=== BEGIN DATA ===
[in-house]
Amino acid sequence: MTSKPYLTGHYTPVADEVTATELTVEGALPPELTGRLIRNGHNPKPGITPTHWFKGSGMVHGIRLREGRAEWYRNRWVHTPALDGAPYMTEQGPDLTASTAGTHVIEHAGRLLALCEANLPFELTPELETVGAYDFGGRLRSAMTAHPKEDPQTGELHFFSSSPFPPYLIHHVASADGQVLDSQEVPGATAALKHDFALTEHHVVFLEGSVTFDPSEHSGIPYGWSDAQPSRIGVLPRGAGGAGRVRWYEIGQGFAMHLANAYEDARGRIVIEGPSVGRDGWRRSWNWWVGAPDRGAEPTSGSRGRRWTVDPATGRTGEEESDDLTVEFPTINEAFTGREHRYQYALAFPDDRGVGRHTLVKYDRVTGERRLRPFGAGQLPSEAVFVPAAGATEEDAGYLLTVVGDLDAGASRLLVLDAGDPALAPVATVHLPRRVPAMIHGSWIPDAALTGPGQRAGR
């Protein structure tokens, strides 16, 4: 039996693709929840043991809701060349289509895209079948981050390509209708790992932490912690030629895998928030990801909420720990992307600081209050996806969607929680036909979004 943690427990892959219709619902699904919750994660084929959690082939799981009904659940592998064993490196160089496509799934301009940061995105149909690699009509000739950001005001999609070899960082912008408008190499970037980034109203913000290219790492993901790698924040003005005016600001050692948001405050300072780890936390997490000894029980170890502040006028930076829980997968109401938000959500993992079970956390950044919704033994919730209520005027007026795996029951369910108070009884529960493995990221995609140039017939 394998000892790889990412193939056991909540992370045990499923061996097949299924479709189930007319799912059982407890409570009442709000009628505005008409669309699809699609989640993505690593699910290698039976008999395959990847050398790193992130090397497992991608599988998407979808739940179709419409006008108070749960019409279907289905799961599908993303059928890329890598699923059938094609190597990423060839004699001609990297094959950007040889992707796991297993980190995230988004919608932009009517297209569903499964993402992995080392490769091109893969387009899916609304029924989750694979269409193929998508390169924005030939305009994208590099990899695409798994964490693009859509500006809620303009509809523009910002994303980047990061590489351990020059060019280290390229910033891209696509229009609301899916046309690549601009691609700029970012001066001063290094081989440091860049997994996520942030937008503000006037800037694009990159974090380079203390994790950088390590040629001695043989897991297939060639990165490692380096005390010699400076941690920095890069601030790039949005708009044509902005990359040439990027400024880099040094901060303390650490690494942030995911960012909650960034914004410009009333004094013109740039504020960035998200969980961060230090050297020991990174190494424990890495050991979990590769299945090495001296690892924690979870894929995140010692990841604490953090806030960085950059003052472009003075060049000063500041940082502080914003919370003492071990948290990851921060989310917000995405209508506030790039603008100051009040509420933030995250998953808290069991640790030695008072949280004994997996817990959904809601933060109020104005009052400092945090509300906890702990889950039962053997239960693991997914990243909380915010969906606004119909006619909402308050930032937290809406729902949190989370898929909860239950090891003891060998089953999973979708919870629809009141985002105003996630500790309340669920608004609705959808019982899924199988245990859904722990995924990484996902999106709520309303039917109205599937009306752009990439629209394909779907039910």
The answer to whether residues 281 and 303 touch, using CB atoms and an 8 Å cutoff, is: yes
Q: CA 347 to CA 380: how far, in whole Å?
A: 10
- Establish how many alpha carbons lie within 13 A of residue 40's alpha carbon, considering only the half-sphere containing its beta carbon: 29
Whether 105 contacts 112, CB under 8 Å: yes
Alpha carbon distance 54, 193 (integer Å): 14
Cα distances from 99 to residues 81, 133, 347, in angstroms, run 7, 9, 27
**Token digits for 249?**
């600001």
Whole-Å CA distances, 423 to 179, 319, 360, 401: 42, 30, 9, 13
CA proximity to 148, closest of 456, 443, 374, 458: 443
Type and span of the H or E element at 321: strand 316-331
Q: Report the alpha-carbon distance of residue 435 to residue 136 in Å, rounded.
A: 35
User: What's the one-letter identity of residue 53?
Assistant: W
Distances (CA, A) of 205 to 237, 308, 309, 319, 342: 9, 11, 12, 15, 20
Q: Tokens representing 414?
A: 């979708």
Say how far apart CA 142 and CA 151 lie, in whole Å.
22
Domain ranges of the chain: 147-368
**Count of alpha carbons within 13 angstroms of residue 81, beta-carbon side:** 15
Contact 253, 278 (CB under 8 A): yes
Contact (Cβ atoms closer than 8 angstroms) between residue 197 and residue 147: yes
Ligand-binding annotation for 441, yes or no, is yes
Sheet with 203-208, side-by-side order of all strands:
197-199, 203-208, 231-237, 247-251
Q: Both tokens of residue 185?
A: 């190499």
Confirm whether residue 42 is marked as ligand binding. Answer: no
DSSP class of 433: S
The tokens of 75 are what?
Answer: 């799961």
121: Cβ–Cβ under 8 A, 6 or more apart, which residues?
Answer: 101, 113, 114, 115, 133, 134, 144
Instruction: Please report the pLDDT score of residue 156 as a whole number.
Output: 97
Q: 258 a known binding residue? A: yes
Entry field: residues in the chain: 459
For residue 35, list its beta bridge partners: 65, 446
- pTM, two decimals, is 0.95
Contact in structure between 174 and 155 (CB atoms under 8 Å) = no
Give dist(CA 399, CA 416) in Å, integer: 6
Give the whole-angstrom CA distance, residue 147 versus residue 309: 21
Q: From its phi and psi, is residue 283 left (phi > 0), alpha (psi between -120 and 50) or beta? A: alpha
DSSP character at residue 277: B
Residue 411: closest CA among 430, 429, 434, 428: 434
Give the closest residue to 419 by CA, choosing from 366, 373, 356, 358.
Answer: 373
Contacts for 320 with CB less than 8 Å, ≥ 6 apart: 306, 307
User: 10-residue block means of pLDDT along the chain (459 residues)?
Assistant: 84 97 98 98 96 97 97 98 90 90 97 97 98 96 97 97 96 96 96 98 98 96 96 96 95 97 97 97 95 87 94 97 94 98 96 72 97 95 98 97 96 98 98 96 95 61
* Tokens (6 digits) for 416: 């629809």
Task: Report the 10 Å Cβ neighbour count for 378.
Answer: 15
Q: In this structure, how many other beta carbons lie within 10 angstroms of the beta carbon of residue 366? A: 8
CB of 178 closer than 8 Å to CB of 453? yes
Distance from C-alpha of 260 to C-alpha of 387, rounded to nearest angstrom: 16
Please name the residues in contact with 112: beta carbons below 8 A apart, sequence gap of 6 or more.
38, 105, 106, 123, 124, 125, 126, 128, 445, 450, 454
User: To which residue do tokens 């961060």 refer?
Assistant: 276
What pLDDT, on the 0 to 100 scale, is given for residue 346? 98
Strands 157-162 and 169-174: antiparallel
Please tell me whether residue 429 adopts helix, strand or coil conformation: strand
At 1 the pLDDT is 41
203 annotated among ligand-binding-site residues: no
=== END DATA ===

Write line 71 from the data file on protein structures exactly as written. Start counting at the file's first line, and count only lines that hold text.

203 annotated among ligand-binding-site residues: no